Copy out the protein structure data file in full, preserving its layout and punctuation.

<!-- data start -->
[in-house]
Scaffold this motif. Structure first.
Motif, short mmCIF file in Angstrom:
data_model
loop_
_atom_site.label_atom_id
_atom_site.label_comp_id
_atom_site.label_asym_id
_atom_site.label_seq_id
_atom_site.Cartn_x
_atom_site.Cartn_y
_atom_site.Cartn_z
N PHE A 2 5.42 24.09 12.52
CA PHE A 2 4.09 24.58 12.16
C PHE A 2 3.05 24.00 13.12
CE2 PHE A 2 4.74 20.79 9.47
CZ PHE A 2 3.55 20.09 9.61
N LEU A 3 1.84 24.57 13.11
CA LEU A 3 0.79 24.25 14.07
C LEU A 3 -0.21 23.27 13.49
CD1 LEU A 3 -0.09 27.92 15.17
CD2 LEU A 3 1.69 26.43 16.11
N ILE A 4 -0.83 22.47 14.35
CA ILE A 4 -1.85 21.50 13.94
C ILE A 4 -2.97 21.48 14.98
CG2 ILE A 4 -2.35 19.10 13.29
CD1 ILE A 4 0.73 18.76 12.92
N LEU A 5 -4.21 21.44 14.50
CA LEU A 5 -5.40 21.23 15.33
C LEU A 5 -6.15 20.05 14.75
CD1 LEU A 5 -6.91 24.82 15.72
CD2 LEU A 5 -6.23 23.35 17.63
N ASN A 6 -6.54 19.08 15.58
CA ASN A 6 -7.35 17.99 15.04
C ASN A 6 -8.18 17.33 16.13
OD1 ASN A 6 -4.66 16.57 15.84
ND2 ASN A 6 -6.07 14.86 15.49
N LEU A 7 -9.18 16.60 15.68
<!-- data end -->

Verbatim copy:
[in-house]
Scaffold this motif. Structure first.
Motif, short mmCIF file in Angstrom:
data_model
loop_
_atom_site.label_atom_id
_atom_site.label_comp_id
_atom_site.label_asym_id
_atom_site.label_seq_id
_atom_site.Cartn_x
_atom_site.Cartn_y
_atom_site.Cartn_z
N PHE A 2 5.42 24.09 12.52
CA PHE A 2 4.09 24.58 12.16
C PHE A 2 3.05 24.00 13.12
CE2 PHE A 2 4.74 20.79 9.47
CZ PHE A 2 3.55 20.09 9.61
N LEU A 3 1.84 24.57 13.11
CA LEU A 3 0.79 24.25 14.07
C LEU A 3 -0.21 23.27 13.49
CD1 LEU A 3 -0.09 27.92 15.17
CD2 LEU A 3 1.69 26.43 16.11
N ILE A 4 -0.83 22.47 14.35
CA ILE A 4 -1.85 21.50 13.94
C ILE A 4 -2.97 21.48 14.98
CG2 ILE A 4 -2.35 19.10 13.29
CD1 ILE A 4 0.73 18.76 12.92
N LEU A 5 -4.21 21.44 14.50
CA LEU A 5 -5.40 21.23 15.33
C LEU A 5 -6.15 20.05 14.75
CD1 LEU A 5 -6.91 24.82 15.72
CD2 LEU A 5 -6.23 23.35 17.63
N ASN A 6 -6.54 19.08 15.58
CA ASN A 6 -7.35 17.99 15.04
C ASN A 6 -8.18 17.33 16.13
OD1 ASN A 6 -4.66 16.57 15.84
ND2 ASN A 6 -6.07 14.86 15.49
N LEU A 7 -9.18 16.60 15.68